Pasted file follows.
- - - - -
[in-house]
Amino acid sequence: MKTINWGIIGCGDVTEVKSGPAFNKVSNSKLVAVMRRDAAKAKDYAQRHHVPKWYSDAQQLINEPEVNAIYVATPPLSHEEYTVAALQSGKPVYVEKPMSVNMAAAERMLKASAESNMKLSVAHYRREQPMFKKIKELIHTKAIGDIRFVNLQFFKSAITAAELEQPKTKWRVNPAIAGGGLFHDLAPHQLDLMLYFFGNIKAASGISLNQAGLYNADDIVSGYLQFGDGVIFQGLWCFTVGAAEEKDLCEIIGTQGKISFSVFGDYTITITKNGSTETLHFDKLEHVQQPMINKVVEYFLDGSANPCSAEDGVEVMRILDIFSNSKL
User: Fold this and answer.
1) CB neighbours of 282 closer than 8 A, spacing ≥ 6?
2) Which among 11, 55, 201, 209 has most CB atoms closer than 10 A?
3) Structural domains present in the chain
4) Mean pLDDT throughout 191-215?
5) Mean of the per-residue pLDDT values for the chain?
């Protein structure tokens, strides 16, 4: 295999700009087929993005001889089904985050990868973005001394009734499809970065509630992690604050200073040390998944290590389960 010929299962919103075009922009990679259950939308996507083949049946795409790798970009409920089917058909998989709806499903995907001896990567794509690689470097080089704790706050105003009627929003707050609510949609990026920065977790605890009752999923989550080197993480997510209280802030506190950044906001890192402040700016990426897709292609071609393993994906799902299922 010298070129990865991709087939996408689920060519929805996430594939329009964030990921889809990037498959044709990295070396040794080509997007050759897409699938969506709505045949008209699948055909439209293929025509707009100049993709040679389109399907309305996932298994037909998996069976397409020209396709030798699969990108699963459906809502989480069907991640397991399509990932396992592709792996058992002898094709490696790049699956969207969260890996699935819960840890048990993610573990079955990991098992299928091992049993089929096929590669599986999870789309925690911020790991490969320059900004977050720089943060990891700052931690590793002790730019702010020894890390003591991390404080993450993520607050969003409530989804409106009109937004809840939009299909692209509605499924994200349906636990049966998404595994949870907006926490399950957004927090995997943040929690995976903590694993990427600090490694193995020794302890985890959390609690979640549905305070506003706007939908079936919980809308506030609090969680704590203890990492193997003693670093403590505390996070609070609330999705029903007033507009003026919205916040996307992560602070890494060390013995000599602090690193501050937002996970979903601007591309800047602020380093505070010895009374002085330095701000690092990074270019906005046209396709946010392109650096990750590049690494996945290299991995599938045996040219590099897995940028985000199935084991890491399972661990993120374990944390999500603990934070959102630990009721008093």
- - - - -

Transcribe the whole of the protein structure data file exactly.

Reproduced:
[in-house]
Amino acid sequence: MKTINWGIIGCGDVTEVKSGPAFNKVSNSKLVAVMRRDAAKAKDYAQRHHVPKWYSDAQQLINEPEVNAIYVATPPLSHEEYTVAALQSGKPVYVEKPMSVNMAAAERMLKASAESNMKLSVAHYRREQPMFKKIKELIHTKAIGDIRFVNLQFFKSAITAAELEQPKTKWRVNPAIAGGGLFHDLAPHQLDLMLYFFGNIKAASGISLNQAGLYNADDIVSGYLQFGDGVIFQGLWCFTVGAAEEKDLCEIIGTQGKISFSVFGDYTITITKNGSTETLHFDKLEHVQQPMINKVVEYFLDGSANPCSAEDGVEVMRILDIFSNSKL
User: Fold this and answer.
1) CB neighbours of 282 closer than 8 A, spacing ≥ 6?
2) Which among 11, 55, 201, 209 has most CB atoms closer than 10 A?
3) Structural domains present in the chain
4) Mean pLDDT throughout 191-215?
5) Mean of the per-residue pLDDT values for the chain?
């Protein structure tokens, strides 16, 4: 295999700009087929993005001889089904985050990868973005001394009734499809970065509630992690604050200073040390998944290590389960 010929299962919103075009922009990679259950939308996507083949049946795409790798970009409920089917058909998989709806499903995907001896990567794509690689470097080089704790706050105003009627929003707050609510949609990026920065977790605890009752999923989550080197993480997510209280802030506190950044906001890192402040700016990426897709292609071609393993994906799902299922 010298070129990865991709087939996408689920060519929805996430594939329009964030990921889809990037498959044709990295070396040794080509997007050759897409699938969506709505045949008209699948055909439209293929025509707009100049993709040679389109399907309305996932298994037909998996069976397409020209396709030798699969990108699963459906809502989480069907991640397991399509990932396992592709792996058992002898094709490696790049699956969207969260890996699935819960840890048990993610573990079955990991098992299928091992049993089929096929590669599986999870789309925690911020790991490969320059900004977050720089943060990891700052931690590793002790730019702010020894890390003591991390404080993450993520607050969003409530989804409106009109937004809840939009299909692209509605499924994200349906636990049966998404595994949870907006926490399950957004927090995997943040929690995976903590694993990427600090490694193995020794302890985890959390609690979640549905305070506003706007939908079936919980809308506030609090969680704590203890990492193997003693670093403590505390996070609070609330999705029903007033507009003026919205916040996307992560602070890494060390013995000599602090690193501050937002996970979903601007591309800047602020380093505070010895009374002085330095701000690092990074270019906005046209396709946010392109650096990750590049690494996945290299991995599938045996040219590099897995940028985000199935084991890491399972661990993120374990944390999500603990934070959102630990009721008093």